The benefits of keeping your cat indoors

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Keeping your cat indoors or in an enclosed outdoor area is beneficial not only for your pet’s wellbeing but for the wellbeing of wildlife and pet owners too.

The benefits to your cat’s health

Cats living indoors or in an enclosed outdoor area have reduced exposure to multiple health risks, including:

Disease: There are many illnesses that are transmitted from cat to cat. For example, Feline Immunodeficiency Virus (FIV), is often spread through cat fights. Disease transmission during fighting behaviour is common between domestic cats, and also between feral and domestic cat populations when they live in close proximity causing them to fight over territory. Cats may not show signs of illness for many years, and whilst a blood test can diagnose FIV, the condition cannot be cured, so keeping your cat indoors is the safest option.

Parasites: The risk of certain gut worm infections, such as roundworms, can be reduced if cats live inside. Roundworms are transmitted through cats ingesting worm eggs in contaminated soil from other cat faeces or via ingesting infected rodents.  It is still advisable to use worm prevention products in indoor cats.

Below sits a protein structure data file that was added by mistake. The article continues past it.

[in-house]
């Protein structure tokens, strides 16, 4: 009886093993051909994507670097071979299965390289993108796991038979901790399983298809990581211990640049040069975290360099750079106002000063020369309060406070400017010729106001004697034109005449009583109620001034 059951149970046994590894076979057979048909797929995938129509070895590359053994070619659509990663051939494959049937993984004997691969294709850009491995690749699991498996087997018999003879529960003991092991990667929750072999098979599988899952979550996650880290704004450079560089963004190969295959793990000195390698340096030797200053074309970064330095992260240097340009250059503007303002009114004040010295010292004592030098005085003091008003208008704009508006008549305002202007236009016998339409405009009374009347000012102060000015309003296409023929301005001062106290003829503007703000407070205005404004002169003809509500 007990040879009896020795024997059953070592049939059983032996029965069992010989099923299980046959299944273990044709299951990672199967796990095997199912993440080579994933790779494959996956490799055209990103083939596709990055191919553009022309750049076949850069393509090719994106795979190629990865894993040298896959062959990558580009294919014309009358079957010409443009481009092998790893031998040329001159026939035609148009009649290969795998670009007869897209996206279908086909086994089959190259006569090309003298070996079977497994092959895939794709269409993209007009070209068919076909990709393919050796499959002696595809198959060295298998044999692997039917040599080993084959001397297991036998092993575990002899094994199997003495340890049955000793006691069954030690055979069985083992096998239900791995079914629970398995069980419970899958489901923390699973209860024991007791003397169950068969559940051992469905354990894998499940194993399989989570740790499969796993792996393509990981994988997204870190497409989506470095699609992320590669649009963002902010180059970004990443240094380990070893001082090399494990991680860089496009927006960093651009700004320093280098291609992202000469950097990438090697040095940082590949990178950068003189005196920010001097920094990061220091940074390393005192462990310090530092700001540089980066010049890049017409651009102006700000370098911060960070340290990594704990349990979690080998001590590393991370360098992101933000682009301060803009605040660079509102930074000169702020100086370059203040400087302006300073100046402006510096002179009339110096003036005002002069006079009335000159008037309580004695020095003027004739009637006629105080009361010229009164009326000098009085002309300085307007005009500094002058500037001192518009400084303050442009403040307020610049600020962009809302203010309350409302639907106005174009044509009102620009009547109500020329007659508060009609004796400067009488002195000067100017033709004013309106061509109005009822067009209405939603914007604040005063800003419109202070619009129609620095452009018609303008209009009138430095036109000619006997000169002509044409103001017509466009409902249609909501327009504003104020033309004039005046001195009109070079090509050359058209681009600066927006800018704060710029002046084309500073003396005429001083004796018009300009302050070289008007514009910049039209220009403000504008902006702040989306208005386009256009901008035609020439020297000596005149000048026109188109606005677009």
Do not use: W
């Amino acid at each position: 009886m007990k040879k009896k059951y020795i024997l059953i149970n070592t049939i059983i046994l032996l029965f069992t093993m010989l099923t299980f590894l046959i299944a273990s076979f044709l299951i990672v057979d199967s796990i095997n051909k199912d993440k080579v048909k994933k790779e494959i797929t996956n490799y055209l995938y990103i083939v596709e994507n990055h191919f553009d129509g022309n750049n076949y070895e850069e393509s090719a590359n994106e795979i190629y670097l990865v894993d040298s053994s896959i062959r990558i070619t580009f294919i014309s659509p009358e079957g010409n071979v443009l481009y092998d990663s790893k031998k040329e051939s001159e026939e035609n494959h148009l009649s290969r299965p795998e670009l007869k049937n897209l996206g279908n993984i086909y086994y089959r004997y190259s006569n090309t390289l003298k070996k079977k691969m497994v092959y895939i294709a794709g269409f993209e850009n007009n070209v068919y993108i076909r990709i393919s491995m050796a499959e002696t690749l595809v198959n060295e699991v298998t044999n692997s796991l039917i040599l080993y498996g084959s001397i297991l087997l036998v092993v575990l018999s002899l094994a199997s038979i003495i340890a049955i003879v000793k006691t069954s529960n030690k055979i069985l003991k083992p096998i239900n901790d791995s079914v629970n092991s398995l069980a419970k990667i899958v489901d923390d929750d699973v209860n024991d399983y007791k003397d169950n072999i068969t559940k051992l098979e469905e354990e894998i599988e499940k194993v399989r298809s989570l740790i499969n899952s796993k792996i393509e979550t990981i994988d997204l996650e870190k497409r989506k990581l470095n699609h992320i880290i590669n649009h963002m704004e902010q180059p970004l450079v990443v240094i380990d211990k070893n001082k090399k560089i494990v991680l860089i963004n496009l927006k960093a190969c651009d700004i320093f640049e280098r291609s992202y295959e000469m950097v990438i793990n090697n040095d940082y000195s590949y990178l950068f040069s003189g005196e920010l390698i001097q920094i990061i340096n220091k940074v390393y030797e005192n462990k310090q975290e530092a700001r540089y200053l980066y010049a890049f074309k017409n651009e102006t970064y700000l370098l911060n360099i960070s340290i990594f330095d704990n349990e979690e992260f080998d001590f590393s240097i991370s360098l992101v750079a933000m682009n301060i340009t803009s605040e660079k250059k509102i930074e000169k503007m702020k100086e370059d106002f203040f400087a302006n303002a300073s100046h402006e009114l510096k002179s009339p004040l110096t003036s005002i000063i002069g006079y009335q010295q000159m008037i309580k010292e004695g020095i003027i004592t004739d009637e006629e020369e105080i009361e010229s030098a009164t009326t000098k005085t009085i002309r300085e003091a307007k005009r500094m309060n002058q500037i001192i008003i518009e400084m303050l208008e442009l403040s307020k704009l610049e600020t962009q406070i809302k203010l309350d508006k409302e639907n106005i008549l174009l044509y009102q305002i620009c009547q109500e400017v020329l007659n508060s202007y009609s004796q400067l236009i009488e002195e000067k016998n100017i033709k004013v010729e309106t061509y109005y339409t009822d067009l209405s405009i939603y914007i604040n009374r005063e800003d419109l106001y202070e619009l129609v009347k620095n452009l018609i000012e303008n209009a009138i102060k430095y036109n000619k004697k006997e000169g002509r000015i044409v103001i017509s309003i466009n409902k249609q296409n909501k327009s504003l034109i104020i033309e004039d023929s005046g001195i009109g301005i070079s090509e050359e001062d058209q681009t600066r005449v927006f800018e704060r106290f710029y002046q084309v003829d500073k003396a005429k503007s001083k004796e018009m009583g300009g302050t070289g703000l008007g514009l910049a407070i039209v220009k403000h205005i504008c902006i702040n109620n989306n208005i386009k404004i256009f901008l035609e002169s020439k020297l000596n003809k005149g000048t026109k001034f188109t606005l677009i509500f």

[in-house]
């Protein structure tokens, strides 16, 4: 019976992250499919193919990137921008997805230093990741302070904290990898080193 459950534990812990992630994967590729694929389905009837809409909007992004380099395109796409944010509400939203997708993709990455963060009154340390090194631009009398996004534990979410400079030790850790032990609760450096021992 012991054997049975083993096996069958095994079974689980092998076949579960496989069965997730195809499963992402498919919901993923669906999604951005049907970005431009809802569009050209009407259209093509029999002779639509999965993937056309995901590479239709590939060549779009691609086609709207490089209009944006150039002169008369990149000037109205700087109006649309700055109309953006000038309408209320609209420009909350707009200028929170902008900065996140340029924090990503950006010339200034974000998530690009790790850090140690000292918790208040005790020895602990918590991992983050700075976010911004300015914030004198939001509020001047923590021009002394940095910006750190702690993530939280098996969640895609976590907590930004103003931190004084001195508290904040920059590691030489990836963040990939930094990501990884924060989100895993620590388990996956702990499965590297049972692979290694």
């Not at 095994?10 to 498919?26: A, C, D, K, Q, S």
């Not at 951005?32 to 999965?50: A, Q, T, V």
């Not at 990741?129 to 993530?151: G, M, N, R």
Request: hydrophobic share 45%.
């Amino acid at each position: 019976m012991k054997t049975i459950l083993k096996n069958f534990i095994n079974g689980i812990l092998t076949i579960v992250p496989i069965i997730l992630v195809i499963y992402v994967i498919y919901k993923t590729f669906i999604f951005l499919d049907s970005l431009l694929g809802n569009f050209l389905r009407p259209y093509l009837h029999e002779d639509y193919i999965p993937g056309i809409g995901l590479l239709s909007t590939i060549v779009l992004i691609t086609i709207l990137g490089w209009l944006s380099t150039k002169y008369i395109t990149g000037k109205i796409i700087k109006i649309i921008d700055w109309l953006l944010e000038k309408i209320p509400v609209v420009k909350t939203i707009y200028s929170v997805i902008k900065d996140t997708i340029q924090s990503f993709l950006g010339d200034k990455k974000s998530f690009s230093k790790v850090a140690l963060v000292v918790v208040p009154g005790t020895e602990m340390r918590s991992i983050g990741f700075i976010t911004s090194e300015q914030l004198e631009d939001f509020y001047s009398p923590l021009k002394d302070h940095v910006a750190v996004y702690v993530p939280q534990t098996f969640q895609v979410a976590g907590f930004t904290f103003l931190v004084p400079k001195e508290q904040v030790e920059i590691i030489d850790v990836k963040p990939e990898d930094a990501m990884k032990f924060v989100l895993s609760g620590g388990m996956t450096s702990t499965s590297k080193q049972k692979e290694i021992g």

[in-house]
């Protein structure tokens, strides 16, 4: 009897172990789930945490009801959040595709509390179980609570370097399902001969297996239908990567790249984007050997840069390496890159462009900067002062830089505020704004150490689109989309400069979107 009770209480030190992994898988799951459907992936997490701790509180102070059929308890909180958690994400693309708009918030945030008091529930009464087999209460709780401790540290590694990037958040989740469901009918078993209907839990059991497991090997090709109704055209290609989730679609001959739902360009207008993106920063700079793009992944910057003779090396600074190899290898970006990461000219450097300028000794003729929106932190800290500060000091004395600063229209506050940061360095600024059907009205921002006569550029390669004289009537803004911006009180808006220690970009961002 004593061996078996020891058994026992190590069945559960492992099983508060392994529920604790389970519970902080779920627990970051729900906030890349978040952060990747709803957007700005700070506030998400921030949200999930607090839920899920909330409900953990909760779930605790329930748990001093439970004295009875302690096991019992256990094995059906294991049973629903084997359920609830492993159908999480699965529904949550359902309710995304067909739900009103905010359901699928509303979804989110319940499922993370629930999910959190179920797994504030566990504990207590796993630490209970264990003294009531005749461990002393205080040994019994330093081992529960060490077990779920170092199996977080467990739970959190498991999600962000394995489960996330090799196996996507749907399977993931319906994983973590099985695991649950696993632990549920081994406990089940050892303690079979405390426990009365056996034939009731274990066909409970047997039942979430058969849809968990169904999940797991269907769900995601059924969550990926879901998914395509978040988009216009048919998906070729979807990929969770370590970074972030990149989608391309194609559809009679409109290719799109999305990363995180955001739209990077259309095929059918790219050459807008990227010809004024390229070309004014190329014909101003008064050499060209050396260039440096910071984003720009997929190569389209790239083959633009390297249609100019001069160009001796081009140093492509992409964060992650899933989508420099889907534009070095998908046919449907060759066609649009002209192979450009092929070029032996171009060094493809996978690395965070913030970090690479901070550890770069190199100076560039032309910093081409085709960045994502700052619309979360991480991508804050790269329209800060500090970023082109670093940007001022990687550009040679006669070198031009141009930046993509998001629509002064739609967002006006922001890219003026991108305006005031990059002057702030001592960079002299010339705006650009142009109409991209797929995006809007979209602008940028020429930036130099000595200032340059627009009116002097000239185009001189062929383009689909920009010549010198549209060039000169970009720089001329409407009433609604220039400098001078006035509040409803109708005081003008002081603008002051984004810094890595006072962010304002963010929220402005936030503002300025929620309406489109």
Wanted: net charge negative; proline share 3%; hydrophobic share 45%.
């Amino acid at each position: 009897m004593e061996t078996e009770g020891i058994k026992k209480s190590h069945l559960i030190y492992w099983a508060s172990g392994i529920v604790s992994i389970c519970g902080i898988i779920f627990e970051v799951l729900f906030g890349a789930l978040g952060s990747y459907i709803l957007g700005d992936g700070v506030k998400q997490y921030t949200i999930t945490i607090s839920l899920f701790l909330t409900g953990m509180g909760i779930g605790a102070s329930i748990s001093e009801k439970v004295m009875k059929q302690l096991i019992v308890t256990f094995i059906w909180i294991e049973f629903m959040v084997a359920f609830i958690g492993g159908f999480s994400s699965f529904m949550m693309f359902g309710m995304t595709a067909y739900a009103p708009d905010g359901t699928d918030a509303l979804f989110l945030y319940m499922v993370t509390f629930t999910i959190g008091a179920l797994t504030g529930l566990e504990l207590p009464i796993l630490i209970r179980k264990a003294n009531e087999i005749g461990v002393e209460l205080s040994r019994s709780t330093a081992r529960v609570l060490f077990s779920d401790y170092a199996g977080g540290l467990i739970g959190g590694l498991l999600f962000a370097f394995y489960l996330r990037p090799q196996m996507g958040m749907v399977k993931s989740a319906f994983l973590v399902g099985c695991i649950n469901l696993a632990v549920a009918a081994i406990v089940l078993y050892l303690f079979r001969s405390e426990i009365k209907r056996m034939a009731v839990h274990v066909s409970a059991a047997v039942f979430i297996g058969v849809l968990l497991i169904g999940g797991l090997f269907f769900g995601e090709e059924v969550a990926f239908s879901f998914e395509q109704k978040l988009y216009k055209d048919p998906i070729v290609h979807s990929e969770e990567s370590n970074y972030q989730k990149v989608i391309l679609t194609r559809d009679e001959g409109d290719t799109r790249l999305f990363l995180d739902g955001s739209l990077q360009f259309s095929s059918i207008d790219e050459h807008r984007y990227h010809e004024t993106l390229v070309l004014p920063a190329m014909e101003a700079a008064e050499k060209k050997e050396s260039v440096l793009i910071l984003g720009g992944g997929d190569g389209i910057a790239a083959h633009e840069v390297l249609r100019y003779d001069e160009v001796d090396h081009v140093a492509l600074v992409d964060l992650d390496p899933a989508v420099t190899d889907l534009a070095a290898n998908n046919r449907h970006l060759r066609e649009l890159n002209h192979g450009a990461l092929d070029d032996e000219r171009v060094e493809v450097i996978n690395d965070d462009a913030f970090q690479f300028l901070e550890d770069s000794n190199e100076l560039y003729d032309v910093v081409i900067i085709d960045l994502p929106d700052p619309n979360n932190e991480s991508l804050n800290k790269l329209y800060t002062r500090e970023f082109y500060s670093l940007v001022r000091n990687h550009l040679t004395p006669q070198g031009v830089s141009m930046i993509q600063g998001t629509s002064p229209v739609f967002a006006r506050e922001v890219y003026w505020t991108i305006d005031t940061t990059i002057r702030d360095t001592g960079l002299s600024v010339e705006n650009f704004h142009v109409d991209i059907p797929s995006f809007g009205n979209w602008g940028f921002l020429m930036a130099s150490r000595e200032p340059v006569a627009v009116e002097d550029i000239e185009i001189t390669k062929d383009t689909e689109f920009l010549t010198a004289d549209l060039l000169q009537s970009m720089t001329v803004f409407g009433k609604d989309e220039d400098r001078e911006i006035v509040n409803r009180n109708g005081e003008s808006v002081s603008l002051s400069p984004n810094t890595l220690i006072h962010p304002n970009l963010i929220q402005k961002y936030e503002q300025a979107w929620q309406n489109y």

Cat fight abscesses or wounds: Cats carry large numbers of bacteria on their claws and teeth. Following a cat fight, these bacteria will often cause an infection within the tissues (in the form of an abscess or cellulitis), which requires veterinary treatment.

Traffic accidents: Keeping your cat inside reduces their risk of being hit by a car. Unfortunately, this happens frequently and can result in severe or life-threatening injuries.

The benefits to our wildlife

Research shows that the pet and feral cat population in Australia is responsible for the deaths of at least 1.5 billion native animals per year. Due to the high density of domestic cats in populated areas, they also kill a great deal more wildlife per square kilometre than feral cats.

The decimation of wildlife by cats has the potential to result in the extinction of some native species. The good news is that although the feral population still presents a challenge for conservationists, devastation by domestic cats can be easily reduced by keeping pet cats indoors or in an enclosed outdoor area.

The benefits to you as a pet owner

It might sound silly, but keeping your cat inside can also benefit you. Apart from avoiding the emotional distress of your cat becoming ill or injured, avoiding these health problems can reduce the cost of their care. It may also allow you to form a stronger bond with your cat, as well as ensuring that you are following local council requirements, such as cat curfews. It also means the risk of your cat becoming lost or stolen is markedly reduced.

 If your cat is consistently displaying signs that it wants to be outside, an outdoor cat run or enclosure are great options.

Overall, there are many benefits to keeping your cat indoors – for them, for yourself and for our native animals. For advice on transitioning your cat to indoor living, speak with your local veterinarian.